Send your question to Umbra!
Q. We eat a lot of fruit and vegetables and generate a lot of compost. Unfortunately we find in it lots of annoying non-biodegradable little stickers, usually with a code number. Is there any attempt to require them to be biodegradable?
A. Dearest Harvey,
It’s a funny world, isn’t it? Here you are striving for a healthy, produce-heavy diet (kudos on that, by the way), but your earth-friendly ways come with a slowly accumulating mountain of sticky waste. Fruit PLU labels (for “price look-up”) may seem like a small thing in the grand scheme of world problems, but even little things add up — and if we can do better, hey, why wouldn’t we?
Annoying as they are, fruit stickers actually do serve a purpose. Since 1990 [PDF], they’ve been affixed to grocery store produce to help cashiers identify whether you’re buying, say, a d’Anjou or a Bosc pear, check the price quickly, and charge you accordingly. But the number on the sticker also carries a message for consumers: A four-digit code means it’s conventionally grown, five digits starting with nine means it’s organic, and five digits starting with eight supposedly point to genetically modified foods (though companies aren’t required to use PLU codes, so surprise! You won’t find many eights out there.). Fruit stickers are also often used to show the product’s country of origin.
And the labels themselves? Composition varies: Some are plastic, some are paper, some are vinyl (oy, go here for more on why that’s an issue) and all use adhesive that’s strong enough to stay put during shipping but easy enough, in theory, for us to peel off before munching. (Though it’s worth noting that not all of that sticky stuff comes off with the sticker: The FDA regulates these adhesives as indirect food additives.) And with a few exceptions (see below), the majority are landfill-bound.
One thing you don’t want to do is chuck these into the compost with your avocado skins and banana peels. It sounds like you’ve already discovered why: They won’t break down in a backyard bin. Municipal composters can’t handle them, either; in fact, at least one waste management company says PLU stickers are their biggest source of compost contamination.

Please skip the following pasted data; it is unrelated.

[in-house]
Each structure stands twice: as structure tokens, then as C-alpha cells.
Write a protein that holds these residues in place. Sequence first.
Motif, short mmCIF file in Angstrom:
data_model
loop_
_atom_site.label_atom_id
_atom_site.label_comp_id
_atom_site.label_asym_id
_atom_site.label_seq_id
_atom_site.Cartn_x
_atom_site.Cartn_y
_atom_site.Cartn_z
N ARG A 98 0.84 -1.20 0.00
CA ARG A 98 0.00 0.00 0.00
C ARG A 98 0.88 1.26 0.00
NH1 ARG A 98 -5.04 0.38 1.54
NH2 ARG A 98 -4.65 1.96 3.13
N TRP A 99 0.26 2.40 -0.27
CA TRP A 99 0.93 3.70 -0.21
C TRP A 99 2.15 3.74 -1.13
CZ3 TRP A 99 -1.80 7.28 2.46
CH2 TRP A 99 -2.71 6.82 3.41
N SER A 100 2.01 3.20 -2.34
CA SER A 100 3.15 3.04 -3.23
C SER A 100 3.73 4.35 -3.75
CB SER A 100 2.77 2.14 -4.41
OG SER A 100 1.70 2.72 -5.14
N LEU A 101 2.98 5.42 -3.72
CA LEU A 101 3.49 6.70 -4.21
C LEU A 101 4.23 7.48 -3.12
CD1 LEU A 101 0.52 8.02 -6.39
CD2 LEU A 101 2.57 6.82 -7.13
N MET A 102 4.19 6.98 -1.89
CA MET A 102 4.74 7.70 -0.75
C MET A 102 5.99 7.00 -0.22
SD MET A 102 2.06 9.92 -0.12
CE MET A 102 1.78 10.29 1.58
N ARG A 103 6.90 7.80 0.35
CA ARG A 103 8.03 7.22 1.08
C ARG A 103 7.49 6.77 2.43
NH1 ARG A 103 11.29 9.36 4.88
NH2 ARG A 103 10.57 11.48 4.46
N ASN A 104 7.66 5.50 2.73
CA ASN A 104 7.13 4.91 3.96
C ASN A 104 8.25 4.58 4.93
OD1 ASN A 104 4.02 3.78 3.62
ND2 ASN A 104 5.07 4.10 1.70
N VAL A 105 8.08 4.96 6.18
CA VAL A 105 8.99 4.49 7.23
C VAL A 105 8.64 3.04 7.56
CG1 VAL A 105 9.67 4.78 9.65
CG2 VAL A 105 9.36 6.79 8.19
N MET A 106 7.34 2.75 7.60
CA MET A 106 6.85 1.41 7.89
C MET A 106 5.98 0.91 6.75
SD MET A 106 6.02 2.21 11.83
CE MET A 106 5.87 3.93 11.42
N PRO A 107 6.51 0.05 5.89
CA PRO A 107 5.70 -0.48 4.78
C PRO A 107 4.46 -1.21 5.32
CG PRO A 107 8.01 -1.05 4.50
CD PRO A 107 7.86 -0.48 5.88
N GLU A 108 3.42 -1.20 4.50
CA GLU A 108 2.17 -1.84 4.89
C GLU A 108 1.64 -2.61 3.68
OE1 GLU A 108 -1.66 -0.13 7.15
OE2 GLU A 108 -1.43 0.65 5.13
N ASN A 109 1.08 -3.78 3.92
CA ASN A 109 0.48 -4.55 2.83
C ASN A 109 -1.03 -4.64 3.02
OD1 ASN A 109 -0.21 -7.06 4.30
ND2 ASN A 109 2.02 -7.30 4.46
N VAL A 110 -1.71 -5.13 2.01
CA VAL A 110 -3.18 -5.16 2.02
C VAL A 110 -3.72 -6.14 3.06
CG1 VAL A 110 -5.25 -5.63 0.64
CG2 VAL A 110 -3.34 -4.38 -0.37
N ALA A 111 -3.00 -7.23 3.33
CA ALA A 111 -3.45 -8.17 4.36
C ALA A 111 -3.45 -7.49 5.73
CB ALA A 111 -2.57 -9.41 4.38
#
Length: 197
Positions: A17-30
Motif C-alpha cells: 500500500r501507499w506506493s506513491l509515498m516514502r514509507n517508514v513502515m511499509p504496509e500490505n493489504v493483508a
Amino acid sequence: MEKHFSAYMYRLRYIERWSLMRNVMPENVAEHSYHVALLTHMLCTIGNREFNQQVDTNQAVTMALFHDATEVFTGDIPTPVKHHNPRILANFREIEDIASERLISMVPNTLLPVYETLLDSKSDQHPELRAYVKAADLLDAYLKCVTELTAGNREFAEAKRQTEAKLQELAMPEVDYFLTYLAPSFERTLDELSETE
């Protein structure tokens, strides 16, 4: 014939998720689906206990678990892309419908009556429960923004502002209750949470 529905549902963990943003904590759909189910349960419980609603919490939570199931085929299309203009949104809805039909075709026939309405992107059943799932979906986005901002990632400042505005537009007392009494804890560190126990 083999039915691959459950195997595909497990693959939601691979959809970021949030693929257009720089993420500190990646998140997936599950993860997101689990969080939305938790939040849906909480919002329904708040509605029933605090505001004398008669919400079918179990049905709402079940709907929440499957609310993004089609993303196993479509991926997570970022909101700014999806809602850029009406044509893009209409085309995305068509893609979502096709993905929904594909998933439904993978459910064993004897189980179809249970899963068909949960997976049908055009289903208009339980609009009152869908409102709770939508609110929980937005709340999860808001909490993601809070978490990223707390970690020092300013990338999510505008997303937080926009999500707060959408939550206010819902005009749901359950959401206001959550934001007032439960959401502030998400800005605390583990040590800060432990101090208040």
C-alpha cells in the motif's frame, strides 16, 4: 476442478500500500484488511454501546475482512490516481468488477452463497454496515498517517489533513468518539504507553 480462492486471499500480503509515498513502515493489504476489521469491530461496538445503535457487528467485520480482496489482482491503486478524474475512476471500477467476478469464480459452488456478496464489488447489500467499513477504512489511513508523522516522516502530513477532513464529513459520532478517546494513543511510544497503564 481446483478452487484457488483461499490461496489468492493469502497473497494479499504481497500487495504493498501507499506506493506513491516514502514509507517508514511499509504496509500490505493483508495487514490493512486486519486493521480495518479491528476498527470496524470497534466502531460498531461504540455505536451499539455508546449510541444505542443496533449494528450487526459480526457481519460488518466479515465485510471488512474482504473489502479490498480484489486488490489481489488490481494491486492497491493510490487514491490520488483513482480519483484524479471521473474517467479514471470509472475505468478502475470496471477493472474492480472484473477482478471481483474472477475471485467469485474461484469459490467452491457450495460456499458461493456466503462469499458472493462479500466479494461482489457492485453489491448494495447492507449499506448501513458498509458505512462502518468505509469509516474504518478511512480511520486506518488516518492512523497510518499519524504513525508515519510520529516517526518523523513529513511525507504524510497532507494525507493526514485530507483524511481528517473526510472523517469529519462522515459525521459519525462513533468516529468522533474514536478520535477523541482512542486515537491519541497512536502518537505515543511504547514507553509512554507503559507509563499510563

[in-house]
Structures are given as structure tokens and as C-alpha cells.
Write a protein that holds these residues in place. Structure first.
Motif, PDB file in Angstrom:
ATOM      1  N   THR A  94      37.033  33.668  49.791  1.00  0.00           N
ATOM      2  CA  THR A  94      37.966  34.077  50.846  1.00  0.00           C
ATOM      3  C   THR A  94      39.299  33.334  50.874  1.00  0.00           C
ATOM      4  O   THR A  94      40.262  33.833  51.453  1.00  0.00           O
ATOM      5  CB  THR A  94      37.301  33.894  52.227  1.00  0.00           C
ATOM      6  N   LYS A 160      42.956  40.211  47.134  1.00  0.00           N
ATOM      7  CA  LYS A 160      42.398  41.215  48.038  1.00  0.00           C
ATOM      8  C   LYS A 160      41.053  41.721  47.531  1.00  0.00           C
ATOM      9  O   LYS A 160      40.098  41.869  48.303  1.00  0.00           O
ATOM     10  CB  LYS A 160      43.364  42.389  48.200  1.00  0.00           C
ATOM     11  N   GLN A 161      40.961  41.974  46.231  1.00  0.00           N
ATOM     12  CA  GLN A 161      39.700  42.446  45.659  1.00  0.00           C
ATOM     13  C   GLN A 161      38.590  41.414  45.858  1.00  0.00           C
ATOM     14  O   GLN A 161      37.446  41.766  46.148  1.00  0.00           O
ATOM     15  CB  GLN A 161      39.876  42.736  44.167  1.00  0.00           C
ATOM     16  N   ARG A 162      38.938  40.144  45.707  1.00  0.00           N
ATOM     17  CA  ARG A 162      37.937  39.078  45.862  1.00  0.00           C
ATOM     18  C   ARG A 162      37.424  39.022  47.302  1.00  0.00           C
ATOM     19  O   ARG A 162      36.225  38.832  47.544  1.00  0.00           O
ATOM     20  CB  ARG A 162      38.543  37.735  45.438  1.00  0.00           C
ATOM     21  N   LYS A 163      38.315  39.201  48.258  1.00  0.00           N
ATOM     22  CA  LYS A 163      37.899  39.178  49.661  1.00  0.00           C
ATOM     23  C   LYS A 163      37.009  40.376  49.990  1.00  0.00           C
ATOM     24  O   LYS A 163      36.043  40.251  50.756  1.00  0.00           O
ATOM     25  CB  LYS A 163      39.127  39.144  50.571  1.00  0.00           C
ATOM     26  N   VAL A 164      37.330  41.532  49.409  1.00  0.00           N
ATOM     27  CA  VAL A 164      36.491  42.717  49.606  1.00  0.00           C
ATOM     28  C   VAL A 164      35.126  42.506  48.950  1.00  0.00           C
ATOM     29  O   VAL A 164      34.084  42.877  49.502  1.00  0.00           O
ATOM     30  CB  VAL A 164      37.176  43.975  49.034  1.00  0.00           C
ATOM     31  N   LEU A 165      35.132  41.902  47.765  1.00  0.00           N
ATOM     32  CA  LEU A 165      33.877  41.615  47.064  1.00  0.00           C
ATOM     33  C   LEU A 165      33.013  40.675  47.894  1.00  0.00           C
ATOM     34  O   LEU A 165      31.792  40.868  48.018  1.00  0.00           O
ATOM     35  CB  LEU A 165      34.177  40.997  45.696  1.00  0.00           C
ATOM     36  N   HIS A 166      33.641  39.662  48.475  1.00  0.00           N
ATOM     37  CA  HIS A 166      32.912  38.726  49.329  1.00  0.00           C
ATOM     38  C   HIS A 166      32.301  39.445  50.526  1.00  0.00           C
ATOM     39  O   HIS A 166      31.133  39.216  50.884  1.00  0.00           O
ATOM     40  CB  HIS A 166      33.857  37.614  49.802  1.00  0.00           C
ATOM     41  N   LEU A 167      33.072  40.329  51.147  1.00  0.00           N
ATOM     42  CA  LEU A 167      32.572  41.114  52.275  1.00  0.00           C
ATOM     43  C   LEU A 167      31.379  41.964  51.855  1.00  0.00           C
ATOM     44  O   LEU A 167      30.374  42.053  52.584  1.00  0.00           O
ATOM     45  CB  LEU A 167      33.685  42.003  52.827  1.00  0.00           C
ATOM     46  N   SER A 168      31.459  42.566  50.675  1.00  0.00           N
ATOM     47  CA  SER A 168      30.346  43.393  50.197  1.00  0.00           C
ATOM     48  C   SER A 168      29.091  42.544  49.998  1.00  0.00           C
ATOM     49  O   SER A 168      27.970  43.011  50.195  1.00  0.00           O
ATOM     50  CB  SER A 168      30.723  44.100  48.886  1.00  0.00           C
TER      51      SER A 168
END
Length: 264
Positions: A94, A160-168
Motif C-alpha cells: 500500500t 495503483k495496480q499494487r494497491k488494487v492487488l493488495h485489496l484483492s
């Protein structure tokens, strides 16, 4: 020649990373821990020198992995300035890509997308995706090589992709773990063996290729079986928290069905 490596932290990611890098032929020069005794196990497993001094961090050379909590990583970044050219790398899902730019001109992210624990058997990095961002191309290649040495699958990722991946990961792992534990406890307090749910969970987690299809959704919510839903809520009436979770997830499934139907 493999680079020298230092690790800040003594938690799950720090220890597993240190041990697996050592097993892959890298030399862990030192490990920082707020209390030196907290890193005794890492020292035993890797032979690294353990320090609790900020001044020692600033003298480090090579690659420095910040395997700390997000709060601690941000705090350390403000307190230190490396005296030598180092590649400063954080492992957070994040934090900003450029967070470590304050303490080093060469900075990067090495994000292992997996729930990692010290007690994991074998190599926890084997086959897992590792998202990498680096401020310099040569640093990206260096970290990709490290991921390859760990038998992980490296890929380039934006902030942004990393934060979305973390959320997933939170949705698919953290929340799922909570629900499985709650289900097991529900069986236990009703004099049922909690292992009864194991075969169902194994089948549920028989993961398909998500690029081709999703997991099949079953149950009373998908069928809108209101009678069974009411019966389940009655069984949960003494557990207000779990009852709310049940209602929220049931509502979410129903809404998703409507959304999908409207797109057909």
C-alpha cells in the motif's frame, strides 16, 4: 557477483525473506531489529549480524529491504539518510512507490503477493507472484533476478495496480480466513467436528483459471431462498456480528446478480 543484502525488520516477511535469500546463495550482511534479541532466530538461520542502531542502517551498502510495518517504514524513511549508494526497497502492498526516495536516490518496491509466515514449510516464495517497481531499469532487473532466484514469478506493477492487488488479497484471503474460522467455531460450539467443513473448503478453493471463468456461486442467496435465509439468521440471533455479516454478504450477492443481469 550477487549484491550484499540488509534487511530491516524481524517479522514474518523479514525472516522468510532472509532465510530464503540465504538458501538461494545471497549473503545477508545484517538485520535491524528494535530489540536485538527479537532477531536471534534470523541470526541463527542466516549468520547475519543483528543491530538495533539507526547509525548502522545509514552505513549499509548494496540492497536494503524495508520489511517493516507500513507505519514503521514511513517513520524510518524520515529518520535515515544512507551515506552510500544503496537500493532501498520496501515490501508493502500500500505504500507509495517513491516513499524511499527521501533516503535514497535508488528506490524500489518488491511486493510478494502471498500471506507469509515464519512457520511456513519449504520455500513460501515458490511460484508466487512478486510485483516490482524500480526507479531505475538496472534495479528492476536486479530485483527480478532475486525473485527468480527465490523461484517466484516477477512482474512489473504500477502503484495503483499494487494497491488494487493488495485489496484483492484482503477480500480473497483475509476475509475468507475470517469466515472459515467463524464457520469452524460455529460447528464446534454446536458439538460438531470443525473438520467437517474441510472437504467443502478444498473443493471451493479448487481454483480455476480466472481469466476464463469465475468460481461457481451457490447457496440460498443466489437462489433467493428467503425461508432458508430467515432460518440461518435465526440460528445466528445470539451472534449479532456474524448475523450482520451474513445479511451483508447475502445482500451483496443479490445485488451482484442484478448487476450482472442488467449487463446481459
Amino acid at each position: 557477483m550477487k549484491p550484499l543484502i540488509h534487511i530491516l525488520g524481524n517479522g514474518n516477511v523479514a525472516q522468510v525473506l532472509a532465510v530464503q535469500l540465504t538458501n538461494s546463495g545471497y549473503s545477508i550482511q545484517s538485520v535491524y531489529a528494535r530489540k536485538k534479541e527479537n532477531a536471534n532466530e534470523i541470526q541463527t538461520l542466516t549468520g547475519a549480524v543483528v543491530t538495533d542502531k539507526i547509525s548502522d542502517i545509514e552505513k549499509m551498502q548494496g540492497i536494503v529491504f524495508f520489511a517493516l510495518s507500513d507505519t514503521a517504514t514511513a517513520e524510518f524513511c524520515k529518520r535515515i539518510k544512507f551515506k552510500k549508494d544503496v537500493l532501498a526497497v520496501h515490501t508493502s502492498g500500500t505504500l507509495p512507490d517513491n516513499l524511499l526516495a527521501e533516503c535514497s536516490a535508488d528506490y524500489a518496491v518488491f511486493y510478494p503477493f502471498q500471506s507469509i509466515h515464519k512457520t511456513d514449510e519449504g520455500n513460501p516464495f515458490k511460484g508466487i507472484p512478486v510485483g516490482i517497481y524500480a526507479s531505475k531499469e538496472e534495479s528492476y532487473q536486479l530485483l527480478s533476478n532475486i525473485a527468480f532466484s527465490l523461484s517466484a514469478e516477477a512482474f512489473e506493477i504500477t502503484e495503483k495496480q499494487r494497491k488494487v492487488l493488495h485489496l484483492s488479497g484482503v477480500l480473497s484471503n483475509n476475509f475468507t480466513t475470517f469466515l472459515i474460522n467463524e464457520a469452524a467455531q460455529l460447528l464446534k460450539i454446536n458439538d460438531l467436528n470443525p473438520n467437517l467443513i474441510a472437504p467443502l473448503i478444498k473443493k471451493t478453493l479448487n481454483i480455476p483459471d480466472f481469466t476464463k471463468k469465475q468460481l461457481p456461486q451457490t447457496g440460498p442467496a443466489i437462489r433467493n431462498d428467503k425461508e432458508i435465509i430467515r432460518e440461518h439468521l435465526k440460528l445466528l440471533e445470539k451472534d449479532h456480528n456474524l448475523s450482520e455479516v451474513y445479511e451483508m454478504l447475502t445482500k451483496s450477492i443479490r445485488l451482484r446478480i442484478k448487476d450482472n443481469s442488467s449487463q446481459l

But finally to your question, Harvey: Is there any effort afoot to require these things to be biodegradable? Require, no. But there is some push to provide voluntary alternatives to the stickers destined for the trash. Label manufacturer Sinclair recently launched a compostable label made of polyactic acid (PLA) and designed to break down within 22 weeks. (Sinclair’s other labels are also recyclable when stuck to a plastic bottle.) And then there’s this nifty idea: a label that dissolves into a fruit soap.
But here’s the thing: It’s really tough to trace that sticky label on your kiwi back to its source. How, exactly, are you supposed to know if your PLU sticker was made by a company that produces recyclable or compostable labels? I dunno: I wasn’t able to figure out a quick, easy way to sort out produce sticker manufacturers. If you really care about this, you may be stuck with contacting the grower directly to ask who prints their PLUs.
It’s enough to make you want to ditch the sticker altogether — which, as it happens, you might soon be able to. The FDA recently approved the use of a carbon dioxide laser to etch PLU codes directly onto the surface of your fruit, leaving no tacky residue or throwaway plastic in its wake. According to the technology’s inventor, Greg Drouillard, we’ll be seeing the first of these “fruit tattoos” (and I’m not talking about this kind of fruit tattoos) on shelves within a few months — on citrus fruits to start, and probably in California, Texas, and Florida.
In the meantime, there’s always heading to the farmers market or CSA box, where you’ll be supporting local farmers as well as erasing those pesky labels from your life. And perhaps it goes without saying, but produce straight from your own garden never comes with a barcode.